FBO – DARPA has provided $1.25 million for Softwear Automation to develop a complete work-cell called a Beta Unit for fully automated sewing. That includes a numerically controlled sewing machine that tracks fabric movement by observing passing threads and under servo control moves the fabric under the needle stitch by stitch. Complete production facilities that produce garments with zero direct labor is the ultimate goal.
The military’s annual clothing budget at $4 billion dollars and employs about 50,000 people.
The US annual import of sewn items is approximately $100 Billion per year.
The technology proposed appears to allow cutting and sewing at costs LESS THAN in China. There is only one basic innovation required; that the metric of motion should not be meters or inches but rather thread count in the fill and warp directions. (Wovens and leather like materials need a slightly different measure.) This leads to THREE fundamental technical issues that have largely been solved and discussed below as well as more routine engineering development.
The automation process proposed by Dickerson works something like this. First, an “overhead, pick-and-place robot” grabs the necessary pieces of fabric and places them at the head of a sewing machine. The appliance itself would be equipped with “machine vision” capabilities, specific enough to spot and track individual fabric threads. That intel would “provide fabric location information” to actuators that operate the sewing machine’s needle and thread, and “budgers” — motorized balls, underneath the sewing machine that latch onto the fabric via vacuum seal — that move the material to and fro.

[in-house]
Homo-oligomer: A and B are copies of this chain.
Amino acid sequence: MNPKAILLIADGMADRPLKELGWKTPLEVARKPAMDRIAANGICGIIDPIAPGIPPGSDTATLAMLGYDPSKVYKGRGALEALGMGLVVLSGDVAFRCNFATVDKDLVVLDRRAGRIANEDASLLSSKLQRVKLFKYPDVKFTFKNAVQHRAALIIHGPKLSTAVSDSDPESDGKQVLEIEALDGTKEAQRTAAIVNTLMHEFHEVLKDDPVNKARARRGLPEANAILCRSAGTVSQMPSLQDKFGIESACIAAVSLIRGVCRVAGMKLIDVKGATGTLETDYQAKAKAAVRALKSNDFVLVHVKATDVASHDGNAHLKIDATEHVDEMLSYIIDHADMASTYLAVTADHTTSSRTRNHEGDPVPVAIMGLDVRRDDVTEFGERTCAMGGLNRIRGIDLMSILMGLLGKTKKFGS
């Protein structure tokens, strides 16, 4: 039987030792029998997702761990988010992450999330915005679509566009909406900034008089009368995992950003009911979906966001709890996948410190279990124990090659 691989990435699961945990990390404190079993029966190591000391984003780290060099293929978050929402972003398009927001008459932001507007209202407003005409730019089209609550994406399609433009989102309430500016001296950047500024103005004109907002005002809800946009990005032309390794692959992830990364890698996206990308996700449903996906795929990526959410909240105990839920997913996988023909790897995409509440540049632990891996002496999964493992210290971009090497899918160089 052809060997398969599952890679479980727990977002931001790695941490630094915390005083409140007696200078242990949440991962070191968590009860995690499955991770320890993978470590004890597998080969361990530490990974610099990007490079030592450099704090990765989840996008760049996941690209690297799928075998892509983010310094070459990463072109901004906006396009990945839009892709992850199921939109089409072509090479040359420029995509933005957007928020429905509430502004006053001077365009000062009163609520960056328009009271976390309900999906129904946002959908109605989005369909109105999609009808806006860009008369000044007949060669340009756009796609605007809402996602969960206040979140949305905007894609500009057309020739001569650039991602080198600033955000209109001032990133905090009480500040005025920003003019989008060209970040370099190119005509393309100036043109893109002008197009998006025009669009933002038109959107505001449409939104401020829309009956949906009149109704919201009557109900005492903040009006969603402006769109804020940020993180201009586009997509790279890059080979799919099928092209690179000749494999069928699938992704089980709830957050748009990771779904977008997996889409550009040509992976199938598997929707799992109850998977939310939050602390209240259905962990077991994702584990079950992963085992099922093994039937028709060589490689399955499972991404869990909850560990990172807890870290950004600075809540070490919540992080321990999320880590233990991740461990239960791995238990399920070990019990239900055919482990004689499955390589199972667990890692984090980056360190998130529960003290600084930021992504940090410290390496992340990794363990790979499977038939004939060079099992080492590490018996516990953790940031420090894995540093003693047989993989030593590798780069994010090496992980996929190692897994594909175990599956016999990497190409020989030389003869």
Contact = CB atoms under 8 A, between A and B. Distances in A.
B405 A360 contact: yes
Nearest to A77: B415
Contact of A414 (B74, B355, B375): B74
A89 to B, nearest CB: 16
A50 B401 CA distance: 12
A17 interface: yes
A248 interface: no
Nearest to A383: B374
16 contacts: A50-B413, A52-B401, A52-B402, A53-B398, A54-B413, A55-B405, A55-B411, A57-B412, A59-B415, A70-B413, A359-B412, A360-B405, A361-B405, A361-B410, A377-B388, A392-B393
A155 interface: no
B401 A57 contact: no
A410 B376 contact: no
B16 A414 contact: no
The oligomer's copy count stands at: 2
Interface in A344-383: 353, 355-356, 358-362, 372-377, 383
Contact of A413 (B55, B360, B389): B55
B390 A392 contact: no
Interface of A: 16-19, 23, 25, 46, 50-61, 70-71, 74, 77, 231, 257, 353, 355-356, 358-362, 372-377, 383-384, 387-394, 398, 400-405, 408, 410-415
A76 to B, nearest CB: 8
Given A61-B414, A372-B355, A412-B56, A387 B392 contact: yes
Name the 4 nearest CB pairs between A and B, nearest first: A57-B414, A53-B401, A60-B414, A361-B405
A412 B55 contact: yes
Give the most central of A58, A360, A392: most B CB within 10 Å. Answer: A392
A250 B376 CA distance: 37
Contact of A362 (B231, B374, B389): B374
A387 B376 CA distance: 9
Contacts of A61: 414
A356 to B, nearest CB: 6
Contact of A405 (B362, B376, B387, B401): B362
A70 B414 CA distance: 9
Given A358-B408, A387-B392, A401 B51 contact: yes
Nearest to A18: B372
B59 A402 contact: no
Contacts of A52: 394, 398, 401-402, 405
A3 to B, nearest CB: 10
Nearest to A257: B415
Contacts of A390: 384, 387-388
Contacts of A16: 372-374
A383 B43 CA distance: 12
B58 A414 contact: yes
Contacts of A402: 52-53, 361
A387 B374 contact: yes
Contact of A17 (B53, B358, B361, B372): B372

Attempts to automate the sewing process of garment manufacturing have employed substitutes for human guidance of fabric into somewhat conventional sewing machines. A new approach has been proposed and partially verified in prototype form. It consists of several subsystems responsible for 1) gross fabric motion, 2) precision detection of the fabric location and 3) exact placement of the needle in the fabric. Gross motion employs steerable rollers capable of moving the fabric. Fine fabric motion employs vision sensing technology to count threads in the fabric. Exact placement employs servo controlled dogs for moving the fabric to exactly place the needle. This paper will explain the concept and the extent of verification of its realization.
Based on the work to date, the approach proposed seems to be technically feasible, although additional work on the thread counting vision system is needed and is underway. It also appears that the approach can be economically viable, based on other evaluations. Obviously, a fully functioning, integrated system will demand much more work and significant funding.